All said I did like this movie, I just didn't love it. Remember, I was watching it through the prism of it being a fictional Lifetime movie. This is not to cut it down nor prop it up; Lifetime as a network has broadcast some great movies over the years but has also had its share of duds. I wasn't exactly sure which way this one was going to go while taking it in. You more or less 'get the gist' while watching this; the foundation of the story itself is very weak at times.
I think it should have started with a better background as to how she was raised. We should have known earlier on that in spite of being brought up Catholic she was socially liberal and viewed pornography at a young age. I also would have liked to have known more about her so-called 'Girl Interrupted' stage in high school. Did she cut herself and if so, why? Was this a stepping stone towards her later interest in B&D and S&M that she admits during her CNN interview? We also should have known that she was not a virgin upon entering college. She mentions that her parents believed she was a virgin and before she scopes out websites on how to enter the industry you would have thought this as well. When she goes to shoot her first scene she is manhandled roughly and admits that she likes rough sex. Huh? You never would have thought this watching this movie. There was no buildup to any sort of sexual interest let alone her consideration towards doing porn. She does speak frankly with her friend early on about sex but there is no clear indication that she has ever had it. You seem to go from Point-A to Point-F in this movie at times. Details as such do come out I just felt that a lot of the setups were all wrong.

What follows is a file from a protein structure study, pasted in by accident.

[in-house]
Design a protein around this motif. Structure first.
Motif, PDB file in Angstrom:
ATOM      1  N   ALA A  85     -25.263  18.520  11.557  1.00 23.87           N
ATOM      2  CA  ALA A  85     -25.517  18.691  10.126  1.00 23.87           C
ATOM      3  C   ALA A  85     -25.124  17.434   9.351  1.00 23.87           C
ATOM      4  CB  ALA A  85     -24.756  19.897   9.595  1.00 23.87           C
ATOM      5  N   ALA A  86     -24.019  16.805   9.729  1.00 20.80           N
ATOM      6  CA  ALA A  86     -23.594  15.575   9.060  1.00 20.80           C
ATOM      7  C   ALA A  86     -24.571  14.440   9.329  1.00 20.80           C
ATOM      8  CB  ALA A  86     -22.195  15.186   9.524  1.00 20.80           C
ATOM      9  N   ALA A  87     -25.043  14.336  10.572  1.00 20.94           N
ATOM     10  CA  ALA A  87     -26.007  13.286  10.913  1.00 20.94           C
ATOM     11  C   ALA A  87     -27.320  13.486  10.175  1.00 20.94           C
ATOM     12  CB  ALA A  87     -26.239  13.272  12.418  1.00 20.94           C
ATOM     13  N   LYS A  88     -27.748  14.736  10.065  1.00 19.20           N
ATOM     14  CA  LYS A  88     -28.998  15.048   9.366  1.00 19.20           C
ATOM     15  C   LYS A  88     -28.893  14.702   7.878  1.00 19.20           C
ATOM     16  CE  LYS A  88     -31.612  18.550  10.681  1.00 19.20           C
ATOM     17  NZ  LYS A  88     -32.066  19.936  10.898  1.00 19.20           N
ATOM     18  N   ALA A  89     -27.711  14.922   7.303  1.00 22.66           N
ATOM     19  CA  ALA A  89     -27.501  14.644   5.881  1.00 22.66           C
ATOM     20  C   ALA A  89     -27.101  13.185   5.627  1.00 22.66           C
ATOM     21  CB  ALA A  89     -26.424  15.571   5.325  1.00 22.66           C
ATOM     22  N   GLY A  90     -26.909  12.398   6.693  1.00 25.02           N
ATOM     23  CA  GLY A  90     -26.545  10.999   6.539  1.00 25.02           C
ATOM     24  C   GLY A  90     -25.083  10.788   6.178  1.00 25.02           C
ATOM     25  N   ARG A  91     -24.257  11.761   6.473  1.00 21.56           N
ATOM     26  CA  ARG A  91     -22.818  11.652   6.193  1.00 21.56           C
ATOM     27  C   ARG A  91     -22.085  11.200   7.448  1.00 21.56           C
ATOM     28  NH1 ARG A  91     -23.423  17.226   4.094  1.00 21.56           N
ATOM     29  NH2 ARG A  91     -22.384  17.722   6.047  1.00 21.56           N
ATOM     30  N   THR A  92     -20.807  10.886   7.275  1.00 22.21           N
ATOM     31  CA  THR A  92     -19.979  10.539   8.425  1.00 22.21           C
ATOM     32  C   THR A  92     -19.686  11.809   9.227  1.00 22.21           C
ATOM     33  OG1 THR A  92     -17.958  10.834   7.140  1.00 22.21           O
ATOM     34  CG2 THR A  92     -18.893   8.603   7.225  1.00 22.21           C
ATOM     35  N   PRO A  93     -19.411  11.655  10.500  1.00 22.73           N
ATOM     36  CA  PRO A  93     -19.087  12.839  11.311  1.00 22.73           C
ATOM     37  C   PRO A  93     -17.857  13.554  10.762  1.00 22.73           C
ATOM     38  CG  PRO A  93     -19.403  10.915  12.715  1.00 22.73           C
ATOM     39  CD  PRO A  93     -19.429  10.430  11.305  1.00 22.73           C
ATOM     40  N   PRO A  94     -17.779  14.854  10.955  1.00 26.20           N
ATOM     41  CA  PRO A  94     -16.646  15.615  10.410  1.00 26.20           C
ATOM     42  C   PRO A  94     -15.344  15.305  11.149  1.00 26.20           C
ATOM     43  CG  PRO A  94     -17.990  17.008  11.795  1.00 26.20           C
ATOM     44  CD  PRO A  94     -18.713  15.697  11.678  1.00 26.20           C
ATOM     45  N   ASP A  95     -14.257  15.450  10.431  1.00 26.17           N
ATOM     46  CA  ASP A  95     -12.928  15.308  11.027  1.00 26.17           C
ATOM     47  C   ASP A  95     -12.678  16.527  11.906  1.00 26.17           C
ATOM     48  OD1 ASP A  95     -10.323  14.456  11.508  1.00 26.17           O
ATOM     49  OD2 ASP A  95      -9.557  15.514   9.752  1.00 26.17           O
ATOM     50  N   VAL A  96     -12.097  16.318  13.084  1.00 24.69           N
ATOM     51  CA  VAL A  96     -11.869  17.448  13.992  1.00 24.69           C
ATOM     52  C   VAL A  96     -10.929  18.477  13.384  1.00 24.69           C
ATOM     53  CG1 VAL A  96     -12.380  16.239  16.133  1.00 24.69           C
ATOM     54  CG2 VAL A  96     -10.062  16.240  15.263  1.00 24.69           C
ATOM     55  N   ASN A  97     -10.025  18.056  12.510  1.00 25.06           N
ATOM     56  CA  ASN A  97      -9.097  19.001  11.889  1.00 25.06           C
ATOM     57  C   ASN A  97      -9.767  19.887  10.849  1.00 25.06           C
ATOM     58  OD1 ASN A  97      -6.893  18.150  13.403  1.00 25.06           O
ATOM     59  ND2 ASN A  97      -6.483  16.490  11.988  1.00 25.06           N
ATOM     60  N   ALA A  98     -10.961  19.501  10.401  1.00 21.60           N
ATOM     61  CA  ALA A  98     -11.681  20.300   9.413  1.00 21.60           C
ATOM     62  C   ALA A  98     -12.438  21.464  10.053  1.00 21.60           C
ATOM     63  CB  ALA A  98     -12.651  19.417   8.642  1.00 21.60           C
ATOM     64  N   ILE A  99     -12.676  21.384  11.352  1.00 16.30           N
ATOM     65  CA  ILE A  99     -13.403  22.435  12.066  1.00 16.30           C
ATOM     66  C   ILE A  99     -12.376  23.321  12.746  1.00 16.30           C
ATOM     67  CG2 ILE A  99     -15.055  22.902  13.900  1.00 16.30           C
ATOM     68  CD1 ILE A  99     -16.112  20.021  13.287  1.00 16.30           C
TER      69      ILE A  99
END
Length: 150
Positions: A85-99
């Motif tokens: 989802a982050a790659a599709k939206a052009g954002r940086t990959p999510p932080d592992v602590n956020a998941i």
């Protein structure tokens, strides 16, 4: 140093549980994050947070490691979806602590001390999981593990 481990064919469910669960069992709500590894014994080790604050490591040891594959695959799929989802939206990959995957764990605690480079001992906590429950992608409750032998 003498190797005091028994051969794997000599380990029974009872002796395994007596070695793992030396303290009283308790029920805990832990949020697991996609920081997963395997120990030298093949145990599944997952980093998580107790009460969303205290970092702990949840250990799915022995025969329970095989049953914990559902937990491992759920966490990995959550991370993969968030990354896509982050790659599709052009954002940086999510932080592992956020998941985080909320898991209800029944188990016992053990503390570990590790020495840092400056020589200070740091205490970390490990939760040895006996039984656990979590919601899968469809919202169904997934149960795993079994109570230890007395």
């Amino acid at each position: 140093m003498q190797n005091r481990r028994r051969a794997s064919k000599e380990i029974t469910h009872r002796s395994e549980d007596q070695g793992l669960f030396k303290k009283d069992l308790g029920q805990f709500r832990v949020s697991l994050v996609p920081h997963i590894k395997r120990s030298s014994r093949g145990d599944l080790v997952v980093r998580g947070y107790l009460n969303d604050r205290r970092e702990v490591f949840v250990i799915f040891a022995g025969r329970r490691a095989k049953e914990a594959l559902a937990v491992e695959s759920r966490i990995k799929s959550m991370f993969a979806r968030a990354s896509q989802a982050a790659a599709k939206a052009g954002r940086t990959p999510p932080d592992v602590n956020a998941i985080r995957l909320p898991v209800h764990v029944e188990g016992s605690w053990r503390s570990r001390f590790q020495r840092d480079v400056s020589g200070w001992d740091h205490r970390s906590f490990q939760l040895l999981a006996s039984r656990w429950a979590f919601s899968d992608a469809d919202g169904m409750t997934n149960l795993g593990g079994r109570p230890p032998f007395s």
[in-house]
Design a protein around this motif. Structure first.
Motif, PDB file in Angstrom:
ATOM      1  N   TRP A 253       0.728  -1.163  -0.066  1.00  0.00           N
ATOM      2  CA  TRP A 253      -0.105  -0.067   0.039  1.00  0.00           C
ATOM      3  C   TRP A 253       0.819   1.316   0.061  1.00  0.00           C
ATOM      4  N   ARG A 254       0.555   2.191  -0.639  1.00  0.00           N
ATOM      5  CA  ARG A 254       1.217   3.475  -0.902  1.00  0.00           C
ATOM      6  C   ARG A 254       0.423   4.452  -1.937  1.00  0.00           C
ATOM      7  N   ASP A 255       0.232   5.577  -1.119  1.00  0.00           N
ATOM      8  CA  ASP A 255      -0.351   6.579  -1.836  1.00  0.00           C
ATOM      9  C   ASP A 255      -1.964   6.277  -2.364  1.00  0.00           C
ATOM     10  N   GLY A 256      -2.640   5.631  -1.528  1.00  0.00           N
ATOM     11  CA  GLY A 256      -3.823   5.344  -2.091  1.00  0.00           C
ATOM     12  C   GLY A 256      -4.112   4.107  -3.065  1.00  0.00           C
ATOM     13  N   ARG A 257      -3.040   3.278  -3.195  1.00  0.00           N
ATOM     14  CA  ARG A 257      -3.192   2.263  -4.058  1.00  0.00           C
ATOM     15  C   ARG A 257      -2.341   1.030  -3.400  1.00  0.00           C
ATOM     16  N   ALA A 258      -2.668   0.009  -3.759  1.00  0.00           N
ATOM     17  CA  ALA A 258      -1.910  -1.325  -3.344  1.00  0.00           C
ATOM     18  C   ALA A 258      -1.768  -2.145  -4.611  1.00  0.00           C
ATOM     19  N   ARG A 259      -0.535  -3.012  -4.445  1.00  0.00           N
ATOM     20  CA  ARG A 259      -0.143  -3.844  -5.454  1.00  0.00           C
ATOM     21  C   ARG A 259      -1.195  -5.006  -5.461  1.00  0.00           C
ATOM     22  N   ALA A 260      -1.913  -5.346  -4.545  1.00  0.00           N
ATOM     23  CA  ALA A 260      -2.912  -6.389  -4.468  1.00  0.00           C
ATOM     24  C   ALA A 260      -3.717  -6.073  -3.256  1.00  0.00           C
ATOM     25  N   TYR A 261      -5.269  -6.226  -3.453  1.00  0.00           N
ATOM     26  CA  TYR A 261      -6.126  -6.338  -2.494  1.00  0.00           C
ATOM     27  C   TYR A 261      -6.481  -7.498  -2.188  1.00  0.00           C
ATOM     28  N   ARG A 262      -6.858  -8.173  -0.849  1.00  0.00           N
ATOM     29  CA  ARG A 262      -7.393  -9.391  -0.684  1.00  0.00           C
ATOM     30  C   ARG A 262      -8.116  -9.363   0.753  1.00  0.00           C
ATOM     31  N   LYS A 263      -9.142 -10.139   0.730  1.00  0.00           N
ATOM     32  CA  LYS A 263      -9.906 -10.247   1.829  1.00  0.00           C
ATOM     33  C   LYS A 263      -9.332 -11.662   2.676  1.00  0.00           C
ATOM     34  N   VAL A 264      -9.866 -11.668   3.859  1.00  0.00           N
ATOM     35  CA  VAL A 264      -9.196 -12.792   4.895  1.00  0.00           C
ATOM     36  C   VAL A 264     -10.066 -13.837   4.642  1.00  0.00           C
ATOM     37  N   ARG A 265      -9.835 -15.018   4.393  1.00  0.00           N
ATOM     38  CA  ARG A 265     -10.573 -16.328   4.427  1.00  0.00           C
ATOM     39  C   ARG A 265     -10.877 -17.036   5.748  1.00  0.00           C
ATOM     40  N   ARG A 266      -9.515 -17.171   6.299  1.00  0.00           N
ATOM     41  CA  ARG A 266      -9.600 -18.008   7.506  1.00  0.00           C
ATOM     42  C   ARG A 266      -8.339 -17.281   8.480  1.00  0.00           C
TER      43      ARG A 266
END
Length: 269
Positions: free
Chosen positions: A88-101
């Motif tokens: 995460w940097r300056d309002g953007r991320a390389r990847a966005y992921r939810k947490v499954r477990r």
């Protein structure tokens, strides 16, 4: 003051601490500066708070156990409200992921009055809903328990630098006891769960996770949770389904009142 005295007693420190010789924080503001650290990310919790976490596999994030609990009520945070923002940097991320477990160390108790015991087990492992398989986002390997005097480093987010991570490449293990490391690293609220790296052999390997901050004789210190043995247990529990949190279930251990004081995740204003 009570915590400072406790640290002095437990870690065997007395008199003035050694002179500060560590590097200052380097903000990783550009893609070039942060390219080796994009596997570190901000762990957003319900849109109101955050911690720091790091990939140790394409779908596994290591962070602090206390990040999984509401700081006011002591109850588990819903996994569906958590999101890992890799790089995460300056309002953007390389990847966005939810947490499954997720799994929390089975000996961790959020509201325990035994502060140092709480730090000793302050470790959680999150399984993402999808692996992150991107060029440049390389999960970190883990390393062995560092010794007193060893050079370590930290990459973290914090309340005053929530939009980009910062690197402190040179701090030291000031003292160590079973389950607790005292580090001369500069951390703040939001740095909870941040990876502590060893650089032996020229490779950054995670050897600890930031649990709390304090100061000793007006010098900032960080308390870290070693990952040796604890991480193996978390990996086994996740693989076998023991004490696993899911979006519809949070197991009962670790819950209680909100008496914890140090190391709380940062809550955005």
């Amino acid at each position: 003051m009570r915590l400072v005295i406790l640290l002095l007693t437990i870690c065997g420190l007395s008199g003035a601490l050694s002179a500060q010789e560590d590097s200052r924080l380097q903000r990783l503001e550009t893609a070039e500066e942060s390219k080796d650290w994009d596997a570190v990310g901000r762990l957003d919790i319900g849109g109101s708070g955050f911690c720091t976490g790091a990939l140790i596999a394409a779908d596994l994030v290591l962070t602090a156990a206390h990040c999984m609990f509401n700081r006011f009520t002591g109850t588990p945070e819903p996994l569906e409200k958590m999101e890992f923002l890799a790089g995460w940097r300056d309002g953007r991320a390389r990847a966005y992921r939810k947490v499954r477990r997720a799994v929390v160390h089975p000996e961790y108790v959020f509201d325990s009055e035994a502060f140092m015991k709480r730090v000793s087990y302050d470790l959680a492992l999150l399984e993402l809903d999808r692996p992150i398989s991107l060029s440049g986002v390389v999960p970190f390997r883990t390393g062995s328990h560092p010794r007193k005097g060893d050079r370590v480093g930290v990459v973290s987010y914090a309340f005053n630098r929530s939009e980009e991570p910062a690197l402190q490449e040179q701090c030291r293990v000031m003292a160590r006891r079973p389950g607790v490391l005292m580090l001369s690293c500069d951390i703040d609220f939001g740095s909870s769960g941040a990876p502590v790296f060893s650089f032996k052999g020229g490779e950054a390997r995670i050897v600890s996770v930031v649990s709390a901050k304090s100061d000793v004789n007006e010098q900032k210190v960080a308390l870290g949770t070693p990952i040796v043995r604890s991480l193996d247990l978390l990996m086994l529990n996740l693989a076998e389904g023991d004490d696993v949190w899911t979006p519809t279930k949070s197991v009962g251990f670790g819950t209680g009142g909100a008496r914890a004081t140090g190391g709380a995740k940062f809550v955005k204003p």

Perhaps these awkward surprises were intentional and trying to keep you off stride. But that is being very generous. Again, though, it is worth watching. I don't think I'll be adding it to my DVD collection but it was a good story that just needed better stitching. MUCH better stitching.
The new TV movie stars Halley Pullos and Judd Nelson as Miriam and the porn manager respectively.The story takes us from the time Miriam started her first year of studies at Duke,her family's incapacity to pay for her expensive $43,000 a year tuition fee during the middle of the school year,her joining the porn industry,her initial experiences as a sex worker until achieving success, and the disclosure made by a fellow Duke student that made her stand up for feminism particularly her rights as a sex worker,defense of the porn industry by calling it legal, and her becoming a Libertarian student activist in the end.
The movie was definitely not your typical Lifetime TV movie that one is usually used to watching considering the elements such as a common storyline,determined villains who are not taking "no" for answer are going to harass the main characters violently no end, and predictability are not present from it.In fact,the audience is presented with something better than those elements mentioned.